Tuesday, July 14, 2009

More on Mary and Martha

Dear Friends, Magda Wills, a blog reader and writer friend, often shares her reflections on what has been written on Whatever He Says, via email. This time I asked if I could share her thoughts on a recent post, here.

The post was, "Nothing for the Journey," which mentioned Mary and Martha.

Here are Magda's thoughts--with thanks:


It's by grace we are saved, not by our works (nor non-works) lest we should boast. Years ago a close Christian friend asked what I thought it really meant to be saved. What are we saved from? I remember answering "from ourselves." God has used poor health, a Balaam-like experience and many closed doors in the transforming process to a Mary.

Eventually we learn that God is trying to tell us something. But that usually doesn't happen until we experience the truth for ourselves and then we start making the right choices out of our own desire rather than His discipline. Our will and God's will become one and the same. That has been my experience as I find truth in our wedding text John 8:32:

If you stick with this, living what I tell you, you are my disciples for sure. Then you will experience for yourselves the truth, and the truth will free you.(The Message)

As I learned over and over again that the world could function quite well without me and that the outcome of a Mary life is peace and an intimate relationship with Christ I had not thought possible, I started to make my own choices rather than being forced into this lifestyle by God's discipline. I do not feel I have to save or help the world but rather those whom God has chosen for me. This too has been a freeing experience.

I have revealed you to those whom you gave me out of the world. John 17:6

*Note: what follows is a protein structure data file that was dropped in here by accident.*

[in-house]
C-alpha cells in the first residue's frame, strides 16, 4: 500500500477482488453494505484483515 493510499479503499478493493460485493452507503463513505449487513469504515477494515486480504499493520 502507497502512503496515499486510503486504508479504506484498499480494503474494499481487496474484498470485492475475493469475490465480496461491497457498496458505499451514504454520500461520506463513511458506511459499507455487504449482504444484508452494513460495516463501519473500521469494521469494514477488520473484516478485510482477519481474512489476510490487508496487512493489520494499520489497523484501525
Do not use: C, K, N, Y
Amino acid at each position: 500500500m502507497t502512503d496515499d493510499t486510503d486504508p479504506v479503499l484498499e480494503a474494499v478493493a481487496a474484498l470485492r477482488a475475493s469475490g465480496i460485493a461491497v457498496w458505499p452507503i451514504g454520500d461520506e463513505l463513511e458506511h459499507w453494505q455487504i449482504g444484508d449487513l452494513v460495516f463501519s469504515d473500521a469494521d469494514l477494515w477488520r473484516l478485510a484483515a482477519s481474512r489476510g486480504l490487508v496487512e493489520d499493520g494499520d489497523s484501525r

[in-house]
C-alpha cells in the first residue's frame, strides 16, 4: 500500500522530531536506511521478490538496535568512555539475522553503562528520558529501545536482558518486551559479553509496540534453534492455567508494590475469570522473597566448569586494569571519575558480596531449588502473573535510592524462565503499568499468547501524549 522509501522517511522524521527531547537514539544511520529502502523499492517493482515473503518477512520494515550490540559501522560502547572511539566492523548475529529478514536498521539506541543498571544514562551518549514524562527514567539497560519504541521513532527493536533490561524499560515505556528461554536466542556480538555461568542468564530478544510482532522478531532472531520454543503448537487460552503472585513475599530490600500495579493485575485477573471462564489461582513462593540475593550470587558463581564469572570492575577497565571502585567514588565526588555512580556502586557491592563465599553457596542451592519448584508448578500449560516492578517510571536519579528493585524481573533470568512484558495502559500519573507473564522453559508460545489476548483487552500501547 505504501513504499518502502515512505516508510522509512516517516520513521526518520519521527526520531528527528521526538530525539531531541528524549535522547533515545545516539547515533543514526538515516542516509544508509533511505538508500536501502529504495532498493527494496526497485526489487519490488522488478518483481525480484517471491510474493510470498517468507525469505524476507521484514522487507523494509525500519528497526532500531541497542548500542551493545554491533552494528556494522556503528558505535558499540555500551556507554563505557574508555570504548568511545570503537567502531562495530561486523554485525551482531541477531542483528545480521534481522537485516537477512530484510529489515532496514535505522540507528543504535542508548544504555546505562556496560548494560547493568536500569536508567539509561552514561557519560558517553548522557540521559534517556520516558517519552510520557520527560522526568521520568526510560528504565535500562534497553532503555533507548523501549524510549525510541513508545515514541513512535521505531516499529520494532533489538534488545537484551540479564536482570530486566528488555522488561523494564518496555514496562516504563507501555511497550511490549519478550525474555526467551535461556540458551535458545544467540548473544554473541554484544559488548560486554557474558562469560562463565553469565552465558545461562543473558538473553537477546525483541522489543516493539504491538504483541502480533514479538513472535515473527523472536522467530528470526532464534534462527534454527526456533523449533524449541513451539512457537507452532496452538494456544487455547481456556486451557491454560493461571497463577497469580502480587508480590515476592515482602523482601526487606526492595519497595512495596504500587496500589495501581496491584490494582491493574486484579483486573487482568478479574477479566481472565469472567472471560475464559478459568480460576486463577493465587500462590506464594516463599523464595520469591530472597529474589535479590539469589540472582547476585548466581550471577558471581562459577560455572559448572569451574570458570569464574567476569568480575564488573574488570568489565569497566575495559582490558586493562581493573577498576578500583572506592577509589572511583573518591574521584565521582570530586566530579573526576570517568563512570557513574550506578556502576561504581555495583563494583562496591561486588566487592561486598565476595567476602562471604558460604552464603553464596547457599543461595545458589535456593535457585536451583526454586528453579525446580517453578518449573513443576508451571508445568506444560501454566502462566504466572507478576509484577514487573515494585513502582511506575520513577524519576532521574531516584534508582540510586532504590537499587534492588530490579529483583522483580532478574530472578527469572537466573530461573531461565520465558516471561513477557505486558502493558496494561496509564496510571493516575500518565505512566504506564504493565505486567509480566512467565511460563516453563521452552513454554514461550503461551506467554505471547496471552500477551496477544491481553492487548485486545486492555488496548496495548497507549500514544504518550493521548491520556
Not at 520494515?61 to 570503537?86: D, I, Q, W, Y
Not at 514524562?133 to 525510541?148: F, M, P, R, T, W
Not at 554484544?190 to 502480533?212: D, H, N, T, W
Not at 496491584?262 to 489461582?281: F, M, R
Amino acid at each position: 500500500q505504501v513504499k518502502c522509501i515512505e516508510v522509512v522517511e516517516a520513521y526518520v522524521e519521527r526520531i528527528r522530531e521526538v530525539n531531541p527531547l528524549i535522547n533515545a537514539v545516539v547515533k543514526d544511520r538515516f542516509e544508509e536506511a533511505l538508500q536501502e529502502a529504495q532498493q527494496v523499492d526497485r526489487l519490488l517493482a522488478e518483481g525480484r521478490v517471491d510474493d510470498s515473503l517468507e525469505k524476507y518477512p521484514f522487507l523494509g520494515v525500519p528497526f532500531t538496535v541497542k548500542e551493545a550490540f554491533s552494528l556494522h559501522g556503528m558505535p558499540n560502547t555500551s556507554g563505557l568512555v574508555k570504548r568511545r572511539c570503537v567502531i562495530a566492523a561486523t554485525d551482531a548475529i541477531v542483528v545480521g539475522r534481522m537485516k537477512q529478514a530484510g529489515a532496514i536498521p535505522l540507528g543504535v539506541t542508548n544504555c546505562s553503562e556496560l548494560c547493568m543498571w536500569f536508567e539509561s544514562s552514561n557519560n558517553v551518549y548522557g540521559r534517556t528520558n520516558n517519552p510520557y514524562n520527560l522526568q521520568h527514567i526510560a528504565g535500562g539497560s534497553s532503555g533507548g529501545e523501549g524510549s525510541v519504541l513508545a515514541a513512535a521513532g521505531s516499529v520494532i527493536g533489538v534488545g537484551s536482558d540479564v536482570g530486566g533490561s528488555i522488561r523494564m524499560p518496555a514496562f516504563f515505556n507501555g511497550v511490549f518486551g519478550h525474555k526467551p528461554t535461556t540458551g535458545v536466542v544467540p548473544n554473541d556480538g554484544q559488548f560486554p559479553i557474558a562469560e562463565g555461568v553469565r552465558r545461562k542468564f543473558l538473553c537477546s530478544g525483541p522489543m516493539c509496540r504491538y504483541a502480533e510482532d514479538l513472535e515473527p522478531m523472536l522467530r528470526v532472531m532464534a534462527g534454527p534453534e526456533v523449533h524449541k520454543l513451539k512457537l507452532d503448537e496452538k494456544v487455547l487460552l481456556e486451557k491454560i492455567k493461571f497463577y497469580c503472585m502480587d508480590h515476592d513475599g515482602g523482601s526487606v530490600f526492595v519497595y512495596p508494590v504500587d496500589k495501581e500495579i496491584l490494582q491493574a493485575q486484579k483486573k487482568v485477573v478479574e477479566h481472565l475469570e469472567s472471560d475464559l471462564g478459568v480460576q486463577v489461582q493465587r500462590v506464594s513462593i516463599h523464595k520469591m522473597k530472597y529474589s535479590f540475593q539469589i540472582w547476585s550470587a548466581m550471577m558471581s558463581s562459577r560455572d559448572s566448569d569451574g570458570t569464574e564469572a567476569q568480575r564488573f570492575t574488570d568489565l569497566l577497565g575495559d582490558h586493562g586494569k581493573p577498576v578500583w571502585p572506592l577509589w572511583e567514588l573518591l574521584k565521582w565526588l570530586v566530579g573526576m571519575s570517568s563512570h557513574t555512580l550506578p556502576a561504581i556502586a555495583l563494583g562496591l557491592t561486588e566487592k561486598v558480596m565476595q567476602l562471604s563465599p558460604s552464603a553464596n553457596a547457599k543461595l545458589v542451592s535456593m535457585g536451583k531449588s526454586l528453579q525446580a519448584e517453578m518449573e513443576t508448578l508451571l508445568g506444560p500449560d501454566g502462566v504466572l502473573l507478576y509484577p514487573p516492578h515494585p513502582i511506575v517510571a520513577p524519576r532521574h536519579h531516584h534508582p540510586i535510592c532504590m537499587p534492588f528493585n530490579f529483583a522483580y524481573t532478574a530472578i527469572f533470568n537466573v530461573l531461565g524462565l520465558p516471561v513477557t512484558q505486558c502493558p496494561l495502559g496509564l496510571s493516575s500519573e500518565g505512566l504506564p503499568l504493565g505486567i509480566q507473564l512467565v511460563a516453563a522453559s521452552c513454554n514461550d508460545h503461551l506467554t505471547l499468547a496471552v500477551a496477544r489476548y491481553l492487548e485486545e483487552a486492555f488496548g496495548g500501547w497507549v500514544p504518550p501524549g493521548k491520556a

And so the model for my life is the story of the woman at the well. Jesus sat at the well to rest after leaving Judea where the Pharisees were busy with outcome evaluation, comparing the number of baptisms by John's disciples to the number by Jesus disciples'. Years ago I heard my calling to be a woman at the well (my home named the Chartwell model) and God would bring the people to me. I also felt He was calling me to write about the spiritual process and how it differs from the religious process. You can imagine my surprise a few years later when I heard a lecture on how the story of the woman at the well is the introduction of the New Testament spiritual process modelled by Jesus, in comparison to the Old Testment religious process.

I believe we can learn much about a scripture passage by exploring what happened just before. So the woman at the well story comes after Jesus refused to get caught up in the competitive outcome evaluation of the Pharisees, and the Martha/Mary story follows the story of the good Samaritan in which the religious leaders were too busy with their religious projects or sticking to their legalistic religious laws of not touching an unclean person to help a "neighbour" in distress.

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